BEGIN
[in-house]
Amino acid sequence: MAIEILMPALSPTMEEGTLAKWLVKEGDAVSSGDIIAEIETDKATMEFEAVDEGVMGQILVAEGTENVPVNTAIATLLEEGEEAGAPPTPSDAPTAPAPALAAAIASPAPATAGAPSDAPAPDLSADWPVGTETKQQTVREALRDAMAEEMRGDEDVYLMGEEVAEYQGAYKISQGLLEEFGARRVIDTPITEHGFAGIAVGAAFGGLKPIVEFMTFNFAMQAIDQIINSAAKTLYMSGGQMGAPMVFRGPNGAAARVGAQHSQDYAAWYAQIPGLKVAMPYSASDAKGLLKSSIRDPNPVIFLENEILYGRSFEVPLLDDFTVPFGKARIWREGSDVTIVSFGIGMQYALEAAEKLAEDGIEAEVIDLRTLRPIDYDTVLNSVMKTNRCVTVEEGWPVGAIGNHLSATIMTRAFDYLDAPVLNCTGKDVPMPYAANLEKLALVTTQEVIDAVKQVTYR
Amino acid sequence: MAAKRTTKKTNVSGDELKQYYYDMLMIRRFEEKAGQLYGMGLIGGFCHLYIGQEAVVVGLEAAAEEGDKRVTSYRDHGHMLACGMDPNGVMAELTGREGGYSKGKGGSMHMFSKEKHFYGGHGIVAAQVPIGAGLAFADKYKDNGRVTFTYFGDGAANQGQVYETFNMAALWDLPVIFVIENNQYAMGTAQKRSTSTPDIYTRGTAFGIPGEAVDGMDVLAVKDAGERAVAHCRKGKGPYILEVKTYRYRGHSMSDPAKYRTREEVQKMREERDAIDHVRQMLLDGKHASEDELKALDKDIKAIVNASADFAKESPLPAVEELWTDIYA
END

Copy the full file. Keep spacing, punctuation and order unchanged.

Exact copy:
[in-house]
Amino acid sequence: MAIEILMPALSPTMEEGTLAKWLVKEGDAVSSGDIIAEIETDKATMEFEAVDEGVMGQILVAEGTENVPVNTAIATLLEEGEEAGAPPTPSDAPTAPAPALAAAIASPAPATAGAPSDAPAPDLSADWPVGTETKQQTVREALRDAMAEEMRGDEDVYLMGEEVAEYQGAYKISQGLLEEFGARRVIDTPITEHGFAGIAVGAAFGGLKPIVEFMTFNFAMQAIDQIINSAAKTLYMSGGQMGAPMVFRGPNGAAARVGAQHSQDYAAWYAQIPGLKVAMPYSASDAKGLLKSSIRDPNPVIFLENEILYGRSFEVPLLDDFTVPFGKARIWREGSDVTIVSFGIGMQYALEAAEKLAEDGIEAEVIDLRTLRPIDYDTVLNSVMKTNRCVTVEEGWPVGAIGNHLSATIMTRAFDYLDAPVLNCTGKDVPMPYAANLEKLALVTTQEVIDAVKQVTYR
Amino acid sequence: MAAKRTTKKTNVSGDELKQYYYDMLMIRRFEEKAGQLYGMGLIGGFCHLYIGQEAVVVGLEAAAEEGDKRVTSYRDHGHMLACGMDPNGVMAELTGREGGYSKGKGGSMHMFSKEKHFYGGHGIVAAQVPIGAGLAFADKYKDNGRVTFTYFGDGAANQGQVYETFNMAALWDLPVIFVIENNQYAMGTAQKRSTSTPDIYTRGTAFGIPGEAVDGMDVLAVKDAGERAVAHCRKGKGPYILEVKTYRYRGHSMSDPAKYRTREEVQKMREERDAIDHVRQMLLDGKHASEDELKALDKDIKAIVNASADFAKESPLPAVEELWTDIYA